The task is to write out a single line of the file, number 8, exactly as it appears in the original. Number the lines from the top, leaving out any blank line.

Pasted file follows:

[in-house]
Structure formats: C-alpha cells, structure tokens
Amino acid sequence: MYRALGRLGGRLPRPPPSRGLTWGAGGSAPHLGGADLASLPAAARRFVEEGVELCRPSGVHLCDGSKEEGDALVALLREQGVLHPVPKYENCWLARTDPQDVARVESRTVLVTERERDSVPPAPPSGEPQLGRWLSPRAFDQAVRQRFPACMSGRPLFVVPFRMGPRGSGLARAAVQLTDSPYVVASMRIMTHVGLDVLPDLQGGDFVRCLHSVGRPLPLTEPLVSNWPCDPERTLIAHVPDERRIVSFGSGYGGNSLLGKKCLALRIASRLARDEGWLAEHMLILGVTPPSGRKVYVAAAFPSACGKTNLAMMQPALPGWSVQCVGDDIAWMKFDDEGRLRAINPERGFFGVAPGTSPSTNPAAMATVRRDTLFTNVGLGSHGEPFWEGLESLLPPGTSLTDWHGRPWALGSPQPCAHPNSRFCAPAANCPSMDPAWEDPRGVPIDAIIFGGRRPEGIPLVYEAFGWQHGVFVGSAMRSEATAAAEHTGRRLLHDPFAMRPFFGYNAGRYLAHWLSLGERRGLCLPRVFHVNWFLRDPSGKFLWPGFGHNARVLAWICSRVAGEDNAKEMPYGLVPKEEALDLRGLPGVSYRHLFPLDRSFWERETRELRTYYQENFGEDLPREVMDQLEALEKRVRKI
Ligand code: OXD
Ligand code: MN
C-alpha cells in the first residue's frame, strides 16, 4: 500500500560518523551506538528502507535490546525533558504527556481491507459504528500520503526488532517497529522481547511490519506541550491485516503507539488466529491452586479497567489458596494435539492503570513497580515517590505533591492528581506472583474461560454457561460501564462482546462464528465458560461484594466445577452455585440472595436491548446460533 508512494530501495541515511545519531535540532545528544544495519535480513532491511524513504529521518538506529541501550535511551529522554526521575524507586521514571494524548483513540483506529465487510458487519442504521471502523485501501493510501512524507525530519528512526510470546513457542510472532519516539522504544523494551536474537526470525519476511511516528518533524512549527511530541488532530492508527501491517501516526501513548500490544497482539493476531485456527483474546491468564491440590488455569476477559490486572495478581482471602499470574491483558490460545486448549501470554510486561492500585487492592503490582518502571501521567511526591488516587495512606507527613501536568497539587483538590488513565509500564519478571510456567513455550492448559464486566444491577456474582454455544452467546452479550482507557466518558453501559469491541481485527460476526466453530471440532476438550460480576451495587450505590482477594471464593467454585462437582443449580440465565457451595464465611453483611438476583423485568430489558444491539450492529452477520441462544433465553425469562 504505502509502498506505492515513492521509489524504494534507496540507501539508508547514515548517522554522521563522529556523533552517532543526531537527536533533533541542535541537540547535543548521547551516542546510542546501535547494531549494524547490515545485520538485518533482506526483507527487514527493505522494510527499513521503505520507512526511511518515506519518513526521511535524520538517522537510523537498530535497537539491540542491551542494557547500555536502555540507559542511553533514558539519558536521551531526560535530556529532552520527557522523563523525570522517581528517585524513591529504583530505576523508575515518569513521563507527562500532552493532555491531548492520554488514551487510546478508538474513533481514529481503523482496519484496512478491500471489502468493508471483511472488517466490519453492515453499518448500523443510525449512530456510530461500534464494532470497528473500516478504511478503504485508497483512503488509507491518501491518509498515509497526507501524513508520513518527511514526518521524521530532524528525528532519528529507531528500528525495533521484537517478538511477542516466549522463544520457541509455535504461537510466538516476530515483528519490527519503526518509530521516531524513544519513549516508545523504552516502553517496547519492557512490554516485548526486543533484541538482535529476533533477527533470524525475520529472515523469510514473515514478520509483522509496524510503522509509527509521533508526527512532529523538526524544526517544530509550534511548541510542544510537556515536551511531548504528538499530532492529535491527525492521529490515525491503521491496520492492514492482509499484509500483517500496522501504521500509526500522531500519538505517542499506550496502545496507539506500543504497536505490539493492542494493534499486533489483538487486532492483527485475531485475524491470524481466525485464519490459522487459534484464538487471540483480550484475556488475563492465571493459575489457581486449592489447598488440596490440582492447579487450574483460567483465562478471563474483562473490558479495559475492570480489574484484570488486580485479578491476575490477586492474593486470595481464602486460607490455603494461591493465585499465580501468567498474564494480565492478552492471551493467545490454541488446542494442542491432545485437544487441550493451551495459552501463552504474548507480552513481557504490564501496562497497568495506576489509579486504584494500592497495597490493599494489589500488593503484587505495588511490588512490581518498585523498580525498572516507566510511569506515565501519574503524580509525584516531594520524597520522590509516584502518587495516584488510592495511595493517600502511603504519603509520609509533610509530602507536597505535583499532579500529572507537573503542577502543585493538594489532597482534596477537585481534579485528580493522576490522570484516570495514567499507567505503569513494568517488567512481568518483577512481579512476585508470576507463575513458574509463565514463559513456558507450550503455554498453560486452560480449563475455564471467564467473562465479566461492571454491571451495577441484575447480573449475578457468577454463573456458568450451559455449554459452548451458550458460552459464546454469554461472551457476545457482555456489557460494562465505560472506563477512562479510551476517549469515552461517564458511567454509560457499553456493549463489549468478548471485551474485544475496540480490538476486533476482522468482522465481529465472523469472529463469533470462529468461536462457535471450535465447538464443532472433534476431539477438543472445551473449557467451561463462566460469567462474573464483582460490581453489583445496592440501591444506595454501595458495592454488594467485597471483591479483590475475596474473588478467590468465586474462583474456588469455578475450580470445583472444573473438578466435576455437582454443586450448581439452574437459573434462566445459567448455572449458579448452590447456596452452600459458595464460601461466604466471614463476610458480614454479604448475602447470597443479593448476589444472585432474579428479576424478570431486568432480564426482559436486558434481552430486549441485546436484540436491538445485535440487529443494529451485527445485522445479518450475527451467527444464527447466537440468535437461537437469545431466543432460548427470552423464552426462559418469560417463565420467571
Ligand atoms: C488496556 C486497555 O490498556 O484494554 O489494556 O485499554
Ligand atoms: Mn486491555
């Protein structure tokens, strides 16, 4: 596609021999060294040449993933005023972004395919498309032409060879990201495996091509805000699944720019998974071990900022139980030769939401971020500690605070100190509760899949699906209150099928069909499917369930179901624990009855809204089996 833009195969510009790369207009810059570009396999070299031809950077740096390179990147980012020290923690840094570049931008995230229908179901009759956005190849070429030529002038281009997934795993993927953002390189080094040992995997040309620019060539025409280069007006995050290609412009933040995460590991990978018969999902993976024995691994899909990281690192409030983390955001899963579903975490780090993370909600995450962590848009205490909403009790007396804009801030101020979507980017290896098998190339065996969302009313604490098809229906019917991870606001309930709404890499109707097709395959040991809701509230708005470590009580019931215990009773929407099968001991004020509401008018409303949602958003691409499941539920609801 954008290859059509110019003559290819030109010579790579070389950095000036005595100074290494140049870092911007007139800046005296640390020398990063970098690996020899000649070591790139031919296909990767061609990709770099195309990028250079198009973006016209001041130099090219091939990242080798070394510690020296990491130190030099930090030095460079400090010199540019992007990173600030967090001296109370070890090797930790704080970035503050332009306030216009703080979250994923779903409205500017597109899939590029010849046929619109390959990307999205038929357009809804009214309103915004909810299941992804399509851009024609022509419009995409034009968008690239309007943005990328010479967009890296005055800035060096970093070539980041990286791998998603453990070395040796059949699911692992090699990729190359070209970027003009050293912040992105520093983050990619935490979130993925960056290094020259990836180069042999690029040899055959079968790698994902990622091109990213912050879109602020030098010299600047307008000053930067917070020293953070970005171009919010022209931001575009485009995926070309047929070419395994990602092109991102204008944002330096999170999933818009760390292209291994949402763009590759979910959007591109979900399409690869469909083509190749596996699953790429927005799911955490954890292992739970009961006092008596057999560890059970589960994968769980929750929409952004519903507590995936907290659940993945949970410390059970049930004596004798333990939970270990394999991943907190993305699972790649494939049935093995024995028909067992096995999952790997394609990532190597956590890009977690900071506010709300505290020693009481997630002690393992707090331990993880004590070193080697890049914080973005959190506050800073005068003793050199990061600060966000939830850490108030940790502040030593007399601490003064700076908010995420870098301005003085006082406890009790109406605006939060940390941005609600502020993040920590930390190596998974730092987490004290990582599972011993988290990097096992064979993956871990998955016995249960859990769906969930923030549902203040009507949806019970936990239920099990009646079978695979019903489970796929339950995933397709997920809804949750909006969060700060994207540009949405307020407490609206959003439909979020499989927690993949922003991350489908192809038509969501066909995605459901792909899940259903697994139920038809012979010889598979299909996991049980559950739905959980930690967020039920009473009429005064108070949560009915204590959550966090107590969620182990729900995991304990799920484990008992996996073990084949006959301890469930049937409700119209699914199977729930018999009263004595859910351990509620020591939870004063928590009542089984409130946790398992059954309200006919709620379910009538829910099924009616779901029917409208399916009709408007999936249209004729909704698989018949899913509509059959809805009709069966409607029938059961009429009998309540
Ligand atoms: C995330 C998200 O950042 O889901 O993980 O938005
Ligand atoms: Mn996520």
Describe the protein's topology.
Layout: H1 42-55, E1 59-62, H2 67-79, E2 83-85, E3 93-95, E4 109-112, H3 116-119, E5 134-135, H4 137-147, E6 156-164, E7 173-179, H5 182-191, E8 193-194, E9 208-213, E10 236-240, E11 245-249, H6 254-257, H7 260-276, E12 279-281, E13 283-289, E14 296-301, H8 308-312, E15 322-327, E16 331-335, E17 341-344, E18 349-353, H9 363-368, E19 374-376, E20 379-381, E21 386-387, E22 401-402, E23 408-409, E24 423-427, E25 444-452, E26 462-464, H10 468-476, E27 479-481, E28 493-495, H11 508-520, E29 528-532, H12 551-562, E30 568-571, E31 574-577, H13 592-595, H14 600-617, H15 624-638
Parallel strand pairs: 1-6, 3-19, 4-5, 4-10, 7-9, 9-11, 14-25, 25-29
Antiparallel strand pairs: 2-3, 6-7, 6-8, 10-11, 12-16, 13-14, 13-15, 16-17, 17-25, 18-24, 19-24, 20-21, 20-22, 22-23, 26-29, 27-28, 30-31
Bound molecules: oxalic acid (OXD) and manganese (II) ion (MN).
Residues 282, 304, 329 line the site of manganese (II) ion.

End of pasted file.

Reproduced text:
Ligand atoms: Mn486491555